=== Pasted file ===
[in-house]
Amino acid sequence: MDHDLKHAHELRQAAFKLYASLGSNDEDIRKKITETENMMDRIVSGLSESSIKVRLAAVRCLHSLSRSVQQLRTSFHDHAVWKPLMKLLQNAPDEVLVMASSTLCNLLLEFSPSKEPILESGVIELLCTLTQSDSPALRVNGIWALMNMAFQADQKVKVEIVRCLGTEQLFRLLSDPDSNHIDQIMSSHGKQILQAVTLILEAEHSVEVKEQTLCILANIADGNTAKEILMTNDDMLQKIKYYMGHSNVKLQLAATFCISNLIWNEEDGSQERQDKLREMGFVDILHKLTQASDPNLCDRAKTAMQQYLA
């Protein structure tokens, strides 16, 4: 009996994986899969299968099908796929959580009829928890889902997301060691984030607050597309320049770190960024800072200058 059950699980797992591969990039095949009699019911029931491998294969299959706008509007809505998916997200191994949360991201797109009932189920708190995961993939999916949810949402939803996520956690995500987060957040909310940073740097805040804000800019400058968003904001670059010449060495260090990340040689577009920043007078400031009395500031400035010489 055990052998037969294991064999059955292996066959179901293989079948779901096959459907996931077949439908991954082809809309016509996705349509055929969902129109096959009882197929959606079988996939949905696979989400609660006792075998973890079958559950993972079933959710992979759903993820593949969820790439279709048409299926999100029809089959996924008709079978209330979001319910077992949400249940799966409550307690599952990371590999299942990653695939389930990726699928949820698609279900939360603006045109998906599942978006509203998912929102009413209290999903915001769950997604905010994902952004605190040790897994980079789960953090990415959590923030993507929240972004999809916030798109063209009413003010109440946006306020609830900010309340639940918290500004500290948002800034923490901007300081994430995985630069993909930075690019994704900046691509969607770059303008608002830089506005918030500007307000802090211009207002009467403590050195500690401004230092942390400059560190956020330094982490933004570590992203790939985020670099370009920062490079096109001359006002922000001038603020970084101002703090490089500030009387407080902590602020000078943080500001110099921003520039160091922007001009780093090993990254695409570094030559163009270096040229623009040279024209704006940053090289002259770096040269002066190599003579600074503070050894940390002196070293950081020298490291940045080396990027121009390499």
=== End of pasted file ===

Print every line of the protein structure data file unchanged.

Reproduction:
[in-house]
Amino acid sequence: MDHDLKHAHELRQAAFKLYASLGSNDEDIRKKITETENMMDRIVSGLSESSIKVRLAAVRCLHSLSRSVQQLRTSFHDHAVWKPLMKLLQNAPDEVLVMASSTLCNLLLEFSPSKEPILESGVIELLCTLTQSDSPALRVNGIWALMNMAFQADQKVKVEIVRCLGTEQLFRLLSDPDSNHIDQIMSSHGKQILQAVTLILEAEHSVEVKEQTLCILANIADGNTAKEILMTNDDMLQKIKYYMGHSNVKLQLAATFCISNLIWNEEDGSQERQDKLREMGFVDILHKLTQASDPNLCDRAKTAMQQYLA
């Protein structure tokens, strides 16, 4: 009996994986899969299968099908796929959580009829928890889902997301060691984030607050597309320049770190960024800072200058 059950699980797992591969990039095949009699019911029931491998294969299959706008509007809505998916997200191994949360991201797109009932189920708190995961993939999916949810949402939803996520956690995500987060957040909310940073740097805040804000800019400058968003904001670059010449060495260090990340040689577009920043007078400031009395500031400035010489 055990052998037969294991064999059955292996066959179901293989079948779901096959459907996931077949439908991954082809809309016509996705349509055929969902129109096959009882197929959606079988996939949905696979989400609660006792075998973890079958559950993972079933959710992979759903993820593949969820790439279709048409299926999100029809089959996924008709079978209330979001319910077992949400249940799966409550307690599952990371590999299942990653695939389930990726699928949820698609279900939360603006045109998906599942978006509203998912929102009413209290999903915001769950997604905010994902952004605190040790897994980079789960953090990415959590923030993507929240972004999809916030798109063209009413003010109440946006306020609830900010309340639940918290500004500290948002800034923490901007300081994430995985630069993909930075690019994704900046691509969607770059303008608002830089506005918030500007307000802090211009207002009467403590050195500690401004230092942390400059560190956020330094982490933004570590992203790939985020670099370009920062490079096109001359006002922000001038603020970084101002703090490089500030009387407080902590602020000078943080500001110099921003520039160091922007001009780093090993990254695409570094030559163009270096040229623009040279024209704006940053090289002259770096040269002066190599003579600074503070050894940390002196070293950081020298490291940045080396990027121009390499």